13 13 PBQ-SR – PTSD subgroups

14 USMC Combat and Operational Stress Control (COSC) USMC Combat and Operational Stress Control (COSC) In-Theater Validation of the Observer- Rated PBQ in Ground Combat Units Deployed to OEF

15 15 Developed video vignettes for training Navy corpsmen in the recognition of peritraumatic behavior changes – –15 scenarios portrayed by a professional actor playing a ground- combat Marine, each intended to be an exemplar of one of the fifteen PBQ-OR items – –A 16 th scenario, combining several of the PBQ behavior changes, was developed as an examination 30 expert raters blindly scored the 16 video enactments – –Each of the 15 exemplar vignettes was matched with the one PBQ- OR item that it best represented – –The 16 th vignette was matched with as many PBQ-OR items as desired Methodology for Validation of the PBQ, Observer-Rated

16 16 Expert Raters Correctly Scoring Fifteen PBQ-OR Training Video PBQ-OR Item Expert Raters Correctly Scoring (N=30) 1 Didn’t act like normal self27 (90%) 2 Seemed to feel fearless and invulnerable30 (100%) 3 Didn’t care about own or others’ welfare or safety26 (87%) 4 Seemed to feel no remorse16 (53%) 5 Seemed determined to get revenge28 (93%) 6 Couldn’t stop laughing, crying, or screaming27 (90%) 7 Seemed helpless and unable to look out for own welfare28 (93%) 8 Seemed confused15 (50%) 9 Seemed disoriented30 (100%) 10 Could not move parts of his body26 (87%) 11 Froze or seemed to move only very slowly28 (93%) 12 Speech changed30 (100%) 13 Could not carry out assigned duties30 (100%) 14 Believed he was going to die29 (97%) 15 Had an intense physical reaction with pounding heart, etc.25 (83%)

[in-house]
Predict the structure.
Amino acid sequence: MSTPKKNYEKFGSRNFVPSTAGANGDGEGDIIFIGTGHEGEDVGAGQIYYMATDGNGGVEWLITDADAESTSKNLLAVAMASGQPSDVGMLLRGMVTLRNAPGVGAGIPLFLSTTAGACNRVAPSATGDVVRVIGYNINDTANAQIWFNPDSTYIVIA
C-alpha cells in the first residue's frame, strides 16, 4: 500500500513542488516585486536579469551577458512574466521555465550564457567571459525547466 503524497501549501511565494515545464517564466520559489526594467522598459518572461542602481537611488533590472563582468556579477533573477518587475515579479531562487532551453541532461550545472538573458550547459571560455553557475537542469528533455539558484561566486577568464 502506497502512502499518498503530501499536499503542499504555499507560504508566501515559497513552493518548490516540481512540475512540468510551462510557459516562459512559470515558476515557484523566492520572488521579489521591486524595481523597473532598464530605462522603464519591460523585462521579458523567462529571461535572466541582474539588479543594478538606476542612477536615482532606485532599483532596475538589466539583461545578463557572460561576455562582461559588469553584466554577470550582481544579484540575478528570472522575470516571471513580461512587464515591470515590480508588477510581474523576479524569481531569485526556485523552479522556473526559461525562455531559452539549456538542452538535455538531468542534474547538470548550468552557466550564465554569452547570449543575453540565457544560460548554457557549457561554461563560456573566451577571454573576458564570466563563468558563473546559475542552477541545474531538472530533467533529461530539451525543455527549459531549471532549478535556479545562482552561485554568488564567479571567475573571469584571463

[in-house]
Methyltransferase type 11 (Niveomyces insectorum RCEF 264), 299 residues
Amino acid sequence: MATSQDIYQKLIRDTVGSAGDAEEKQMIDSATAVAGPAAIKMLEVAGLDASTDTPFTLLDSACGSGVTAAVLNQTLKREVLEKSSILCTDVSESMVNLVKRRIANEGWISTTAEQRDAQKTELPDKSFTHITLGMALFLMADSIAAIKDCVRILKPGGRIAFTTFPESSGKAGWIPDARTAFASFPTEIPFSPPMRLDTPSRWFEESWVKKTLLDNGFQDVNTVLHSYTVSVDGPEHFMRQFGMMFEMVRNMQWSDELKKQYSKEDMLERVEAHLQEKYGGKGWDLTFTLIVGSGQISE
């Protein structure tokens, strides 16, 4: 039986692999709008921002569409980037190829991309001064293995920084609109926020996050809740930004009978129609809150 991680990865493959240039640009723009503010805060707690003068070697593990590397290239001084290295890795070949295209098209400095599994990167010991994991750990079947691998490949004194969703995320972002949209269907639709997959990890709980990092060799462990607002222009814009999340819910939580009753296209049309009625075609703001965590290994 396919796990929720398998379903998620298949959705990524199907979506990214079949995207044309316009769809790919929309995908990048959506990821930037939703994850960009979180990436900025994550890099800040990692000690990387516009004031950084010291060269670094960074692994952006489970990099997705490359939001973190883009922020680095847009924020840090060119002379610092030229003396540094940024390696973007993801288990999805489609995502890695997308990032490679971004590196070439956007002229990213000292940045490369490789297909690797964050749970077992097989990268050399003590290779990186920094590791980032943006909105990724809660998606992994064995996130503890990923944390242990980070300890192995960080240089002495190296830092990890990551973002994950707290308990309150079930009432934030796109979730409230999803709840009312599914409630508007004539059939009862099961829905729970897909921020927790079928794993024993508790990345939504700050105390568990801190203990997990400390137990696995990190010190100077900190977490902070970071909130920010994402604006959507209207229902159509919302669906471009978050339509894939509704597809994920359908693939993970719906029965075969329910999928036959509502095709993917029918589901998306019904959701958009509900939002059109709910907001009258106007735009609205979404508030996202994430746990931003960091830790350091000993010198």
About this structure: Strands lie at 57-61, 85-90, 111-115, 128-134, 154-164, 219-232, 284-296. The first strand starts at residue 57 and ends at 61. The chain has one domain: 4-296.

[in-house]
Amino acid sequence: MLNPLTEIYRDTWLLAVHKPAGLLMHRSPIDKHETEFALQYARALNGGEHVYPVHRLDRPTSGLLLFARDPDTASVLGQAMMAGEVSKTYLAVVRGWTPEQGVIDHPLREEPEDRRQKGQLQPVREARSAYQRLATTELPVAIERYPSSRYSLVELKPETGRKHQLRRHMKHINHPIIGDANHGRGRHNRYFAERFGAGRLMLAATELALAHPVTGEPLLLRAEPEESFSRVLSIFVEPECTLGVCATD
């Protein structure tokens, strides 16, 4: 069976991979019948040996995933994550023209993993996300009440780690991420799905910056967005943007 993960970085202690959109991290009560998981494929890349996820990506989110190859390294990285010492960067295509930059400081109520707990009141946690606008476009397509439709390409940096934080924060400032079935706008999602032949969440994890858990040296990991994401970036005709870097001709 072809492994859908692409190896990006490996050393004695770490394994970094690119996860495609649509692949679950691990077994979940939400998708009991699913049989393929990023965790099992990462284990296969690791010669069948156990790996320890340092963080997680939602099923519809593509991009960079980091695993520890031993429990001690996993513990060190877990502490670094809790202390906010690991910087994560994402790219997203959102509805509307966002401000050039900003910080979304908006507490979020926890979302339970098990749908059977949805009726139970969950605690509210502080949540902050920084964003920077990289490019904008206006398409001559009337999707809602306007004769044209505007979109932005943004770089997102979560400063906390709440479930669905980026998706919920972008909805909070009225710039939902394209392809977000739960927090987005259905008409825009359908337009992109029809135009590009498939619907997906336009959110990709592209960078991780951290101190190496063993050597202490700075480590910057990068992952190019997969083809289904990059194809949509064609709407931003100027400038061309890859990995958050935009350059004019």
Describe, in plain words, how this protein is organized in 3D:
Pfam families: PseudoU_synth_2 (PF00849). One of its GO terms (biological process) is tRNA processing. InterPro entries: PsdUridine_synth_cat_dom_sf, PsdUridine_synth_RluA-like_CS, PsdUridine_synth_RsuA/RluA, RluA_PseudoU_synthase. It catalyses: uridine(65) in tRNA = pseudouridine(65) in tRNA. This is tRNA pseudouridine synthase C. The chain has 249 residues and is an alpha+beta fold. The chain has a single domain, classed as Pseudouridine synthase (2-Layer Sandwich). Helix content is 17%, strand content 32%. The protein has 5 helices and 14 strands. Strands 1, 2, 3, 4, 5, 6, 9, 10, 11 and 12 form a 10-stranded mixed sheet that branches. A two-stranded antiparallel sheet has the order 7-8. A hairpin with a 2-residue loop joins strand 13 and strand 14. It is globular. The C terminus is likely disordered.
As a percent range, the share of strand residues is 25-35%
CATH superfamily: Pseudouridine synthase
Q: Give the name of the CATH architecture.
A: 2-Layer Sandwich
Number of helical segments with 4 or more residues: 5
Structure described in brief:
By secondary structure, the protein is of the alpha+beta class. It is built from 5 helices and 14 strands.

17 17 Trained all consenting corpsmen from an infantry battalion prior to deployment to OEF (approx. 40 corpsmen) Also provided training in Stress First Aid (COSFA) Each line corpsman was asked to complete a monthly PBQ- OR for each consenting Marine under his charge – –Over the course of a seven-month deployment – –Approx. 12 Marines per corpsman Completed PBQ-ORs are being shipped back As enrolled corpsman complete post-deployment assessment for parent study, they are surveyed about usability and satisfaction with PBQ-OR Second battalion to be enrolled in Fall 2010 Methodology for Validation of the PBQ, Observer-Rated (Cont.)

18 USMC Combat and Operational Stress Control (COSC) USMC Combat and Operational Stress Control (COSC) Questions? Comments?